AstraZeneca ramps up Farxiga push in new kidney disease label as it uncovers the challenges of this 'silent disease'

Like the business end of an iceberg, the majority of CKD (chronic kidney disease) patients go undiagnosed until damage is done.

That’s according to a new study funded by AstraZeneca, which markets the blockbuster metabolic and heart disease drug Farxiga for CKD. The company’s take on the study: Prompt testing, diagnosis and treatment will help a patient (and healthcare professionals) steer clear of morbidity and massive healthcare costs for this silent disease.

“There is considerable public health potential in diagnosing CKD using widely available low-cost testing, as well as providing treatments to those currently diagnosed,” said Helen Yeh, vice president, CVRM therapy area biopharmaceuticals medical at AZ, in an interview.

AstraZeneca’s drug was first approved to lower blood sugar levels in patients with Type 2 diabetes all the way back in 2014. In the past two years, however, Farxiga has been adding label expansions in a bid to beef up the blockbuster, with its FDA approval on CKD last year a potential new major money spinner for the med.

The CArdioREnal and MEtabolic (CaReMe) study, published in The Lancet Regional Health – Europe, involving 2.4 million patients in 11 countries, found that two out of three of those identified to have CKD had not been diagnosed, putting them at high risk of morbidity and mortality.

According to the study, 1 in 10 adults in Europe, Canada and Israel likely have CKD, and between 6% and 9% of them die each year, with cardiorenal (CKD or heart failure) events being a major contributor to morbidity and mortality. 

“These findings illustrate the considerable burden and unmet need of CKD affecting some 10% of the adult population,” said Yeh.

The study’s principal investigator, Navdeep Tangri, M.D., professor of medicine in the Department of Medicine and Community Health Sciences, University of Manitoba, explained that the study supports an intuition he had had as a clinical physician: that morbidity and healthcare costs associated with CKD are driven by the “salt and water” cardiorenal events like heart failure and CKD progression, and not by atherosclerotic CKD events like MI/IS (myocardial infarction or ischemic stroke), the latter being related to lipids and vascular stiffness.

According to Tangri, the study illustrates how cardiorenal outcomes generate three- to fourfold higher costs for patients than do MI/IS, which tend to happen to CKD patients because of comorbidity with diabetes and high blood pressure.

“These results are of great value because the solution for cardiorenal syndrome—early diagnosis and treatment—is easy,” he said. “And we are really blessed because we have multiple, great treatments for cardiorenal events, including the SGLT2 inhibitors and non-steroidal MRAs. And we have GLP1 antagonists like (Novo Nordisk’s) injectable semaglutide Ozempic, which is great for MI/IS.”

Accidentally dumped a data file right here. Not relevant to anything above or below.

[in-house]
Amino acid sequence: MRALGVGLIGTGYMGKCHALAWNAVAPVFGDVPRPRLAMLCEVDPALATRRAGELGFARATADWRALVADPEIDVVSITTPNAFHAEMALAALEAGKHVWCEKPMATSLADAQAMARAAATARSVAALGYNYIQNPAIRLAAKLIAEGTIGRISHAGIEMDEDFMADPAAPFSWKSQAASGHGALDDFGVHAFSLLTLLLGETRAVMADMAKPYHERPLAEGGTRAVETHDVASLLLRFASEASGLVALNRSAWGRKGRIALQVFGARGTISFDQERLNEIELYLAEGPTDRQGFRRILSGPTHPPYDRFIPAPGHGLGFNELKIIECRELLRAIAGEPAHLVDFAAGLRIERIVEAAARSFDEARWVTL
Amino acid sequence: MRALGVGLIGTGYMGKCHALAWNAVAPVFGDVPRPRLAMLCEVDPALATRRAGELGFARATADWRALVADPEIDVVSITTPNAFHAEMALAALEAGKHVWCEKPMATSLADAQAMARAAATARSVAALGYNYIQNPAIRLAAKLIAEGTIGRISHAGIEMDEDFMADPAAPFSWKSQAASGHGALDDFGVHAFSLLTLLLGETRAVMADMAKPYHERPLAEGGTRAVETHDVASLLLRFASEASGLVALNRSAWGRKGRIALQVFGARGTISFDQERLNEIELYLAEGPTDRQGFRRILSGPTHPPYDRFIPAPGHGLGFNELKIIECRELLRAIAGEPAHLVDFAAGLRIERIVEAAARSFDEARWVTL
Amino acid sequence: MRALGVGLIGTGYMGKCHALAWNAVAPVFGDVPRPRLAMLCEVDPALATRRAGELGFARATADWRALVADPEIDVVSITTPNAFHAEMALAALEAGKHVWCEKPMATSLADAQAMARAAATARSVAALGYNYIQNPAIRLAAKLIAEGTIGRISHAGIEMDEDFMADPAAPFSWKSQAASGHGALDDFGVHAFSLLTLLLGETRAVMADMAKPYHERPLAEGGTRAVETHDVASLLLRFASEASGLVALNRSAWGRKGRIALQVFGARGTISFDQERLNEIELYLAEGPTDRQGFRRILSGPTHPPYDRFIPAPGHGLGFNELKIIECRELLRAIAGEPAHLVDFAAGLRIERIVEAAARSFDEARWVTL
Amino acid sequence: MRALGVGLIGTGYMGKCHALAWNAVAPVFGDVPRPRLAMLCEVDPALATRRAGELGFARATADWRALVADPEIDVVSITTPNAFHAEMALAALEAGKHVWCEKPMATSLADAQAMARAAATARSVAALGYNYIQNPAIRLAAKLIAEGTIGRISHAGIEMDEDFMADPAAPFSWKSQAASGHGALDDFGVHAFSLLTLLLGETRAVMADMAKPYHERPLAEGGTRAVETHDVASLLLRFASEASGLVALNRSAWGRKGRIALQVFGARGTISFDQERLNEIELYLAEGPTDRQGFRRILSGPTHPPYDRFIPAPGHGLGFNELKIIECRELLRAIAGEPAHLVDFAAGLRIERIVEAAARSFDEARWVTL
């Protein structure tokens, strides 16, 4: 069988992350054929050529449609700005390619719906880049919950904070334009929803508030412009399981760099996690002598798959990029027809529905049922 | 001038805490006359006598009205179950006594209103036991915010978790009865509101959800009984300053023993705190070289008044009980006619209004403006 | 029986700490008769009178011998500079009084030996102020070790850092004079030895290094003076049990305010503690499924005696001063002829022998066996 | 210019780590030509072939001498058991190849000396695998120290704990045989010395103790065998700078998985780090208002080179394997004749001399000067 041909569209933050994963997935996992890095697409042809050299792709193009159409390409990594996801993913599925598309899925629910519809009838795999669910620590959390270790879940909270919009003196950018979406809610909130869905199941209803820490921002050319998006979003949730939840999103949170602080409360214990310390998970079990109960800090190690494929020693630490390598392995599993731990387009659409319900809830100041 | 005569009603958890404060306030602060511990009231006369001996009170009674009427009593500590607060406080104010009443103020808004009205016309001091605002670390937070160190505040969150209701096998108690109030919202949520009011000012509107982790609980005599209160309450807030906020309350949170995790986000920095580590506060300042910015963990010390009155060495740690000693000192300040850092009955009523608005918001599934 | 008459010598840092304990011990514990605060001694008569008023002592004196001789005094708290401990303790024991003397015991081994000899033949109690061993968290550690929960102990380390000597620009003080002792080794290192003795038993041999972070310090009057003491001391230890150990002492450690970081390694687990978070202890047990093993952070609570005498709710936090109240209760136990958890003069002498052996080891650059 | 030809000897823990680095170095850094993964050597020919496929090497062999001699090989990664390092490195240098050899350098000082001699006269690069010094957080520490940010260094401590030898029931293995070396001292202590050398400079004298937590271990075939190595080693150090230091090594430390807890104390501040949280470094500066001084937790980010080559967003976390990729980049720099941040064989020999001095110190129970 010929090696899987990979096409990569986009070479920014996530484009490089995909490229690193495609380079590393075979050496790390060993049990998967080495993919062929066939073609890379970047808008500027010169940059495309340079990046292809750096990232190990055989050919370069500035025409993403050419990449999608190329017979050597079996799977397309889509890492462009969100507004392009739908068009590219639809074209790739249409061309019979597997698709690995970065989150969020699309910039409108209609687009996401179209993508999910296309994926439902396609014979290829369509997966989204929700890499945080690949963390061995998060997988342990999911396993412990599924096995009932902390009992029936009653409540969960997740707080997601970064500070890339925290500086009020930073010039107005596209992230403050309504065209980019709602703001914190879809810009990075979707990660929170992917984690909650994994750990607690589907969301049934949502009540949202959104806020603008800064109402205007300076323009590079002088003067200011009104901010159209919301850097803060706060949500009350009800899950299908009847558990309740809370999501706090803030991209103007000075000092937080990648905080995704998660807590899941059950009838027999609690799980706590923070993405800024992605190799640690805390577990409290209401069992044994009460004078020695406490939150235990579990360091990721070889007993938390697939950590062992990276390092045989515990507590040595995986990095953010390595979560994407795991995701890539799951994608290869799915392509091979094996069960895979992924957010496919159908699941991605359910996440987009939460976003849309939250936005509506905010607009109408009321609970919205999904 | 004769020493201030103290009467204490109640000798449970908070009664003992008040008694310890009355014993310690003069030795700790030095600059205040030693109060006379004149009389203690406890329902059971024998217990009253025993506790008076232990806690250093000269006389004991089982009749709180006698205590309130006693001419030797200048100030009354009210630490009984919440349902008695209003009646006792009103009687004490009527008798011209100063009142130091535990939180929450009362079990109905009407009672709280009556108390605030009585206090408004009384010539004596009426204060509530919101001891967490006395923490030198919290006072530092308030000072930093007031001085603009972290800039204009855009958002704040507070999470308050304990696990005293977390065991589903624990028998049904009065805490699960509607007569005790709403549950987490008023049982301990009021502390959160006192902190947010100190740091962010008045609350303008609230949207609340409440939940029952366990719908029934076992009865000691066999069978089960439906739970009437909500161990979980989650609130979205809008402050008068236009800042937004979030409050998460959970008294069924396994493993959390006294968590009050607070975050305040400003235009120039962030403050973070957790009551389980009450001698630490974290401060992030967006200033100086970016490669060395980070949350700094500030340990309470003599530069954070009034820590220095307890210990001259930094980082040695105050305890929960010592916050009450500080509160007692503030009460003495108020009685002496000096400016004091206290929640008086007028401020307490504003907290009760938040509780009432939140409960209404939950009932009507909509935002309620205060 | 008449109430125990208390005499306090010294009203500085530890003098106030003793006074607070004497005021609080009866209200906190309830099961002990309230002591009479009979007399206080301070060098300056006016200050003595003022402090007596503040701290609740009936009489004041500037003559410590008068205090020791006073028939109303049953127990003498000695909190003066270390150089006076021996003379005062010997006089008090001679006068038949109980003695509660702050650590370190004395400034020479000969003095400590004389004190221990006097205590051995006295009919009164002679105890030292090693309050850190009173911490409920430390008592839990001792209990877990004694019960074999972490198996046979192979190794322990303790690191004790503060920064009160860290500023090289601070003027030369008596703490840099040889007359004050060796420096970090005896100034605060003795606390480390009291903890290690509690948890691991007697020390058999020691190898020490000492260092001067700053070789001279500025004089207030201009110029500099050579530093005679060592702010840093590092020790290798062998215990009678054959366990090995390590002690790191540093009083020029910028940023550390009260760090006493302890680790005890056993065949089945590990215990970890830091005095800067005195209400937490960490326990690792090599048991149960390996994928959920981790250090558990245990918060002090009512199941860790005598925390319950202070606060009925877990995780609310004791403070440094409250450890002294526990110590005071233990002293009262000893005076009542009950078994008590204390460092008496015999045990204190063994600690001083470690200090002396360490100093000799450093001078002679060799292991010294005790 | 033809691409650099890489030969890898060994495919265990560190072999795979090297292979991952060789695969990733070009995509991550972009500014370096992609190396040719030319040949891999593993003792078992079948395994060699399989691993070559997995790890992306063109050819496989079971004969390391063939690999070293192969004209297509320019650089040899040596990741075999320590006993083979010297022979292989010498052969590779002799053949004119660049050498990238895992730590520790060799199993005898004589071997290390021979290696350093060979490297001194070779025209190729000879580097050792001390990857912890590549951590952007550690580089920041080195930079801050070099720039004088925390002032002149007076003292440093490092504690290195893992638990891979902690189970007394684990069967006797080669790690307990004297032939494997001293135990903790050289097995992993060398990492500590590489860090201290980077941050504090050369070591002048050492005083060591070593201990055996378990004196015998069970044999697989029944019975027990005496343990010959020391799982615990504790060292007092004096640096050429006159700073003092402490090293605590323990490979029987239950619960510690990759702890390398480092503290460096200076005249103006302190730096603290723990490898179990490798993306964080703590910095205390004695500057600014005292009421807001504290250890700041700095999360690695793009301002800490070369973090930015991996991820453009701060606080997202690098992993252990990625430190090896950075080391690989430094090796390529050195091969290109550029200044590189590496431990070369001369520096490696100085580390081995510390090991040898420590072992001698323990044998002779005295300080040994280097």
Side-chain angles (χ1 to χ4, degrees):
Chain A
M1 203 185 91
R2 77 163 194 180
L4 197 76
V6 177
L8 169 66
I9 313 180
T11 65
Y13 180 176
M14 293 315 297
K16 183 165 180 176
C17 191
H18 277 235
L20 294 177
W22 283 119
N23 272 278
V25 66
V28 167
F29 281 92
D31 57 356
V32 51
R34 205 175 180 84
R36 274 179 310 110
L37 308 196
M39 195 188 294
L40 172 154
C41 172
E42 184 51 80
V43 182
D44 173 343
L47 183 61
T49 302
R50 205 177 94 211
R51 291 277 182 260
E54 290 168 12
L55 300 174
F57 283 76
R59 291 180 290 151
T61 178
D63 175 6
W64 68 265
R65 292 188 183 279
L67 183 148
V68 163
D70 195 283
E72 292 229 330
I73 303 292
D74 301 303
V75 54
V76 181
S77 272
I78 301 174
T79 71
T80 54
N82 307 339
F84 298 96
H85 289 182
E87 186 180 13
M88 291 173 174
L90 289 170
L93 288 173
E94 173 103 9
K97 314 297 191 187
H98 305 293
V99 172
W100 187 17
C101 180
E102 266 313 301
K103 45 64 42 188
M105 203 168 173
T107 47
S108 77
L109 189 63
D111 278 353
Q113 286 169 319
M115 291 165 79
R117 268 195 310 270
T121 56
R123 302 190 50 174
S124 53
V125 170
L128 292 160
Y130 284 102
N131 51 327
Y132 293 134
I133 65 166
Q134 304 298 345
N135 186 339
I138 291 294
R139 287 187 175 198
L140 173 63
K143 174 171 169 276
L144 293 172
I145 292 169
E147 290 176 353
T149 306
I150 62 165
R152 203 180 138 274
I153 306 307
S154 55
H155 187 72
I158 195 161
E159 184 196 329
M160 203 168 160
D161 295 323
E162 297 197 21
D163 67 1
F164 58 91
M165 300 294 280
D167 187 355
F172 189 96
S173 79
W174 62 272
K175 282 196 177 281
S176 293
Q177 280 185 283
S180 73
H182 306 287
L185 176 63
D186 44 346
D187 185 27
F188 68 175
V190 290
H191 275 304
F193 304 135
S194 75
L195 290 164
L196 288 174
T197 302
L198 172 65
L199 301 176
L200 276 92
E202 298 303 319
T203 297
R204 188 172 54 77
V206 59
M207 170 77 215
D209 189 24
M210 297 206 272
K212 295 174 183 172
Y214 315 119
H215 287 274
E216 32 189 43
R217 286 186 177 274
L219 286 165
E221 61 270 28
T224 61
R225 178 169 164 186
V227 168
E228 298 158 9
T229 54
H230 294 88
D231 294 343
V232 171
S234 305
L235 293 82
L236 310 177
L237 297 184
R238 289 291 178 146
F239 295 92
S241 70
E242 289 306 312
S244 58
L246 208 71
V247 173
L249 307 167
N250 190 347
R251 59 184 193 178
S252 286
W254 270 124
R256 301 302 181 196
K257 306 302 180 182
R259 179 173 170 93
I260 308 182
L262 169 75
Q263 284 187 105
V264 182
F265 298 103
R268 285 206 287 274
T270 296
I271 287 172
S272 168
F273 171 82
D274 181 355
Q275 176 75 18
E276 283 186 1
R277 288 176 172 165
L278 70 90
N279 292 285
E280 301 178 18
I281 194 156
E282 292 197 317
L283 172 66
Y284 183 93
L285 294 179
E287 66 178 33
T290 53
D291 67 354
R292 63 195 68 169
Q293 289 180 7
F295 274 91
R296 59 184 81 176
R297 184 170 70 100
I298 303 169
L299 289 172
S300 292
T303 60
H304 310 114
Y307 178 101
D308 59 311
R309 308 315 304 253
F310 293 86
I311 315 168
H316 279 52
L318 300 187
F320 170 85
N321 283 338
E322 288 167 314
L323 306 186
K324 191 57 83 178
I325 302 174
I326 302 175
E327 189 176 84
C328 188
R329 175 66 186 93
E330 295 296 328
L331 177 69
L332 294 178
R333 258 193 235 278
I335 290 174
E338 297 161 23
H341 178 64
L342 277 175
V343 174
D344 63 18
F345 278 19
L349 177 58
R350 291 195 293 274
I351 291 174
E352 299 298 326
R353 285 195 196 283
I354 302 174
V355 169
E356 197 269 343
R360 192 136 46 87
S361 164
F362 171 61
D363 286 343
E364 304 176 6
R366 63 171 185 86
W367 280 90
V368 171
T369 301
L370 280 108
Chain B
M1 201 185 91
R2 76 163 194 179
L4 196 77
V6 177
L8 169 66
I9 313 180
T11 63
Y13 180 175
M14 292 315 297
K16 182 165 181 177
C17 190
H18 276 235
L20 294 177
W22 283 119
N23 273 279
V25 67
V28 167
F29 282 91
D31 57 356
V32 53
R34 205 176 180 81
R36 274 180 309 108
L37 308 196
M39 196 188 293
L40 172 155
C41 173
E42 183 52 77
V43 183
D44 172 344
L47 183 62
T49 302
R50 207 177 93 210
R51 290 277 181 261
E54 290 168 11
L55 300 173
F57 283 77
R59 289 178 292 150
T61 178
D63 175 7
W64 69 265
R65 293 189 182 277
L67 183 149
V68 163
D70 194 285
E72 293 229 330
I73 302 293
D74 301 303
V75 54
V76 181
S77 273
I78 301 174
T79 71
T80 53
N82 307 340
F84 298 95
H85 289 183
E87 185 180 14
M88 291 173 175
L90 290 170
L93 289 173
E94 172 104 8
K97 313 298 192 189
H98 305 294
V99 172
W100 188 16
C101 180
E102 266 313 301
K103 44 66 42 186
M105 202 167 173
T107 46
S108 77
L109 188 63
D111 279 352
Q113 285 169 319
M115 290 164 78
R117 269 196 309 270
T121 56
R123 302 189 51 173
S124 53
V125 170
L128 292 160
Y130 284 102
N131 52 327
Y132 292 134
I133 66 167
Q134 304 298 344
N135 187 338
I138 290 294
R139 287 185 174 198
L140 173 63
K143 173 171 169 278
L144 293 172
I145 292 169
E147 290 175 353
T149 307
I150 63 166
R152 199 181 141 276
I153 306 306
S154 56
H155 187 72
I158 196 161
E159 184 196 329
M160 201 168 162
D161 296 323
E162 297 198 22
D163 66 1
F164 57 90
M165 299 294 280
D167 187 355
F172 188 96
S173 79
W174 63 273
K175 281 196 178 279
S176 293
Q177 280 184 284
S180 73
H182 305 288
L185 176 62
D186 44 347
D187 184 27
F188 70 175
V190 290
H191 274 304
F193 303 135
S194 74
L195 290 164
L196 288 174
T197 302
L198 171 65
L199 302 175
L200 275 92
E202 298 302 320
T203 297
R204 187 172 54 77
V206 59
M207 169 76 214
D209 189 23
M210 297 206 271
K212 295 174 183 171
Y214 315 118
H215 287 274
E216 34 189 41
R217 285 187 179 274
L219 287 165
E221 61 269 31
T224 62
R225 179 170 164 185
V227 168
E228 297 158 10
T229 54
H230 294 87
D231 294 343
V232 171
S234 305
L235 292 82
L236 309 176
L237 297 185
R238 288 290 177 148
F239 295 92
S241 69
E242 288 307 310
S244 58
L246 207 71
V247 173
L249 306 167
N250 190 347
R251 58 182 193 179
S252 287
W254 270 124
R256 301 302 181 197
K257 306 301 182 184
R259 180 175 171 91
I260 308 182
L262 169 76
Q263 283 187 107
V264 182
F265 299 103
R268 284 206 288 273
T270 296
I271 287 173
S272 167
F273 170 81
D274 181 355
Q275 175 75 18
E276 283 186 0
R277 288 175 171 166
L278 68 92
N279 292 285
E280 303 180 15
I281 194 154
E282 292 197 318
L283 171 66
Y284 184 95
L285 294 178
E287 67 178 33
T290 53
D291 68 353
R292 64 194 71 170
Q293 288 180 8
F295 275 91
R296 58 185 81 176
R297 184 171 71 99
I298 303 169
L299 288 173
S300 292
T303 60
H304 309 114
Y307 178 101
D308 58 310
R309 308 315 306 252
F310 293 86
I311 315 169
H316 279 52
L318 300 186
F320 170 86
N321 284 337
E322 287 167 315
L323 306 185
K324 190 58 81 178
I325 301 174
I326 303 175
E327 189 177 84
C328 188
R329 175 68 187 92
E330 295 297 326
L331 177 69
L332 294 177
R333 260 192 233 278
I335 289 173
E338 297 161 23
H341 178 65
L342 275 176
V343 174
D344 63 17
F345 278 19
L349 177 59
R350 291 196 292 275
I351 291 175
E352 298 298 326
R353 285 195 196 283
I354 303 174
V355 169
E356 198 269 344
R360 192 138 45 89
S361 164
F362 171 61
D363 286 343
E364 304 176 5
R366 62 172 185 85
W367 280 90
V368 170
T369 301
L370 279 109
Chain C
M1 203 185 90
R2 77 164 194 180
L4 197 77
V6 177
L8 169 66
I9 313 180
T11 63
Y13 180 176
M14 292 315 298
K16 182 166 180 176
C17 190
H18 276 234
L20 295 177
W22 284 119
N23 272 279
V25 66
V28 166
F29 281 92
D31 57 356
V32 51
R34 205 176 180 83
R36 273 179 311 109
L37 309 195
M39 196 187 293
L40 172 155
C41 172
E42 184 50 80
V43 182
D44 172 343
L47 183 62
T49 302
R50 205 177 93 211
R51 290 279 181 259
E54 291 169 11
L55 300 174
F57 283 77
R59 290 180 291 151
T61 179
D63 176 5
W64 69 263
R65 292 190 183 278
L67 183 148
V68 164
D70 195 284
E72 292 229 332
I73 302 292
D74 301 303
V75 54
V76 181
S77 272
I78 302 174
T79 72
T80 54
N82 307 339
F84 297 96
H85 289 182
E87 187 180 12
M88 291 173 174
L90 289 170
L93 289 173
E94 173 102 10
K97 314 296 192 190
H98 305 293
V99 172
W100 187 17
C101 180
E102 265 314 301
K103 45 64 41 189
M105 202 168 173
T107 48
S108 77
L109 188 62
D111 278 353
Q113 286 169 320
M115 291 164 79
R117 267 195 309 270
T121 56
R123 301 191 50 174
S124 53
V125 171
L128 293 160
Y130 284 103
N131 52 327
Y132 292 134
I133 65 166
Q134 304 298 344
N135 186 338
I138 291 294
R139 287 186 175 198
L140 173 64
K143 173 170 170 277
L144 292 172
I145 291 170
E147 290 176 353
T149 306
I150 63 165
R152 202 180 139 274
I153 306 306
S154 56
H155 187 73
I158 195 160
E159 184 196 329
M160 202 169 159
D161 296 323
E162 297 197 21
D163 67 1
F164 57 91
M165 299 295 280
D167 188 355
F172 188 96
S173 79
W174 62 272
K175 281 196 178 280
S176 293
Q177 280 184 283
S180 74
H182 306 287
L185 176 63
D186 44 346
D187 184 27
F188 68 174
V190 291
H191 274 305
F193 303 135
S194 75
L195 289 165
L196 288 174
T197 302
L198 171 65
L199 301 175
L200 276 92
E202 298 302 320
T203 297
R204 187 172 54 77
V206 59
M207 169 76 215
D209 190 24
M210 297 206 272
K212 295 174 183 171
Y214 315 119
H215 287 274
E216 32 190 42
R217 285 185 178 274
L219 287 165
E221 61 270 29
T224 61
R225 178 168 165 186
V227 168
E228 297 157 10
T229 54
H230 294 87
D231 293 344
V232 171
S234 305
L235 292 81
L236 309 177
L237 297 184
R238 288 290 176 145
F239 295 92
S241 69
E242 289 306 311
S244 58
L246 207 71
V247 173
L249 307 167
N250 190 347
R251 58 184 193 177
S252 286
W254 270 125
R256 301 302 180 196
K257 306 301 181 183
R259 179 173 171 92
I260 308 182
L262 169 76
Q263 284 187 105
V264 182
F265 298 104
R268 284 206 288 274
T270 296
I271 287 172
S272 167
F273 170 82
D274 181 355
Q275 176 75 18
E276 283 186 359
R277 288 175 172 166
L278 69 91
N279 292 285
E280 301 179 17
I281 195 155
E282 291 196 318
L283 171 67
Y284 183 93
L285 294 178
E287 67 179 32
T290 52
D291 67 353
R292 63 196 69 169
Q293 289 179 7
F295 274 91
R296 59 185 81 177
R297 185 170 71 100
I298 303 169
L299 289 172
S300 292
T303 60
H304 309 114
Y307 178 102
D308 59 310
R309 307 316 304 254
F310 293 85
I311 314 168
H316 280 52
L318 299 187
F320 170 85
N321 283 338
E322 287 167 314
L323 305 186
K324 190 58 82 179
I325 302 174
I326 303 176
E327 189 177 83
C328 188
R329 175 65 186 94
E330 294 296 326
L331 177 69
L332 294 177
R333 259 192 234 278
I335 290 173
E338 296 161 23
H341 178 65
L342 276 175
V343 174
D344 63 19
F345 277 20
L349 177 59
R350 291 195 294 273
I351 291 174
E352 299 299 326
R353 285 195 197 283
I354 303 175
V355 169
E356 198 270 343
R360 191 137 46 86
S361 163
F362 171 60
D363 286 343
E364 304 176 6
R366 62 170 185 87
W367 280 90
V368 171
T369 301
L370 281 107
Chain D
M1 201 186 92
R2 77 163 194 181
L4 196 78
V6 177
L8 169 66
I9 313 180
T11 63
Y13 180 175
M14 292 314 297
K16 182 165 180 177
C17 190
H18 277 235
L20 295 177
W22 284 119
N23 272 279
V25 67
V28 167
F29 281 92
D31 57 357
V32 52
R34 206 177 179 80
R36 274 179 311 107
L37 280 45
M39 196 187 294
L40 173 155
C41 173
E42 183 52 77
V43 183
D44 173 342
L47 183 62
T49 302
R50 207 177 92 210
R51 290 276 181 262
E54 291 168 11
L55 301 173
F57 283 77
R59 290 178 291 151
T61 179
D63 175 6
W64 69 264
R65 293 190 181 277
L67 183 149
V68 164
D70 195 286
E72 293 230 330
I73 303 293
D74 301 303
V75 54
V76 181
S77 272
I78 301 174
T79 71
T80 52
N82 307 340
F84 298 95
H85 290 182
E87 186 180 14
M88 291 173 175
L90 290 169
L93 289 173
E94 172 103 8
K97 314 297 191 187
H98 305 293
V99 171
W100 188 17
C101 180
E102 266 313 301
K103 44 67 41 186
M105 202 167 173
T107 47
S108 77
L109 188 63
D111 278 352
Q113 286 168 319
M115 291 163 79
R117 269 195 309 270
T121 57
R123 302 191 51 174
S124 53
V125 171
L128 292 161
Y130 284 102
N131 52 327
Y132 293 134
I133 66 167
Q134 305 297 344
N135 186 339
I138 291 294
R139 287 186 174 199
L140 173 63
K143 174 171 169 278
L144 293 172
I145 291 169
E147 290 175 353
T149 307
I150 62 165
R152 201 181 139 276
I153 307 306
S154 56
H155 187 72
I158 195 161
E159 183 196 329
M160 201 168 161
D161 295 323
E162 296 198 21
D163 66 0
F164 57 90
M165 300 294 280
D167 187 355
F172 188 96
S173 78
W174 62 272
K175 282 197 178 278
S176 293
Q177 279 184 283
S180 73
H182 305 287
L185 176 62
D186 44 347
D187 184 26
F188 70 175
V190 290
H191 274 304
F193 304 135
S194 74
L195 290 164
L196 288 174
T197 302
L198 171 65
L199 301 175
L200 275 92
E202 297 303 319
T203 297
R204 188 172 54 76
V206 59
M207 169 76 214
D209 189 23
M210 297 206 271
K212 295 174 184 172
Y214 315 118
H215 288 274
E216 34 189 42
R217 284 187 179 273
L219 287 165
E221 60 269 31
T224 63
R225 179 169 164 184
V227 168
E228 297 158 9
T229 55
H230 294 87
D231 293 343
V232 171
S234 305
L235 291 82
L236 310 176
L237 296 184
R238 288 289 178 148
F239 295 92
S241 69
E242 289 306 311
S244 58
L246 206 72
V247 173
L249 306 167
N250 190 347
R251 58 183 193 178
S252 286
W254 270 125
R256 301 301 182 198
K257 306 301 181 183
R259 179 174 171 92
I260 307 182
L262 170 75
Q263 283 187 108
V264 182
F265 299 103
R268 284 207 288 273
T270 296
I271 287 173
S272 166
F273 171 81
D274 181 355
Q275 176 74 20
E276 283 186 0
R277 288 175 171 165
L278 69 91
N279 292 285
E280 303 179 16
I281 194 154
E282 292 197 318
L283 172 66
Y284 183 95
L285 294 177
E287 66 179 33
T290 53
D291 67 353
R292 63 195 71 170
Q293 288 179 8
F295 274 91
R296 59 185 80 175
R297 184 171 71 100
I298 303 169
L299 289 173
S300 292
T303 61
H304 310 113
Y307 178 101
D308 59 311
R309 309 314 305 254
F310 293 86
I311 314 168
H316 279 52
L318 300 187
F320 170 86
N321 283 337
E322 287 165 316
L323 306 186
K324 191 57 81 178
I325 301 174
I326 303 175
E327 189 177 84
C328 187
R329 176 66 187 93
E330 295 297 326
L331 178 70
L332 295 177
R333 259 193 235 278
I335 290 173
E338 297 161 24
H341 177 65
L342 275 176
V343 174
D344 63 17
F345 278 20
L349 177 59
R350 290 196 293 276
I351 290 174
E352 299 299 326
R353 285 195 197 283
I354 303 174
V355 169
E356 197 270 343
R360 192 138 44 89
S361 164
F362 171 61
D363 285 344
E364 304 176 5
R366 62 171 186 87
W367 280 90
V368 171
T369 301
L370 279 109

He added that another important takeaway from the study is the need to focus on measured CKD, not merely diagnosed disease (since only a third of patients are in the latter category).

He also explained that the issue of under-diagnosis actually stems from "decades of futility about diagnosis, because of not having CKD specific treatments. Therefore, CKD tended to be lumped as diabetic nephropathy or hypertensive kidney disease—and treated as a complication of diabetes and hypertension rather than a stand-alone disease.”

Yeh added that the study, generally, underscores the urgent unmet need in diagnosing and screening people globally for CKD. “Our hope is that providing this data will encourage policymakers, HCPs, patients and the broader health community to prioritize CKD screening and diagnosis.”

In 2020, Farxiga was the first drug in the SGLT2 inhibitor class to be approved for use in systolic heart failure, regardless of whether the patient had diabetes, which helped it close the gap with market leader Eli Lilly and Boehringer Ingelheims’s Jardiance (empagliflozin). Sales then climbed 30% to almost $2 billion, and 60% to $1.36 billion in the first half of 2021. Farxiga, now neck and neck with Jardiance for heart failure, was approved in 2021 for CKD in the U.S. and EU.

Jardiance had controlled 60% market share in Type 2 diabetes, driving monster sales for the brand—it had been the top-selling drug in the SGLT2 inhibitor class, with sales of almost $3 billion in 2019 because of an attractive side effect profile versus J&J’s Invokana (canagliflozin).

AZ’s drug, after winning approval in CKD, delivered revenue growth of 67% year over year, reaching $1 billion in quarterly sales for the first time during the first three months of 2022. Invokana, meanwhile, is approved only in diabetic kidney disease. To get the message out to Type 2 diabetes patients about Farxiga’s ability to dampen the comorbidity “crosstalk” between kidney and heart, AZ launched a “take aim” themed TV push earlier this year.

Meanwhile, in markets where AZ has launched Farxiga in CKD, the drug has captured market share of between 70% and 90%, Ruud Dobber, AZ’s biopharmaceuticals business head, told investors earlier this year.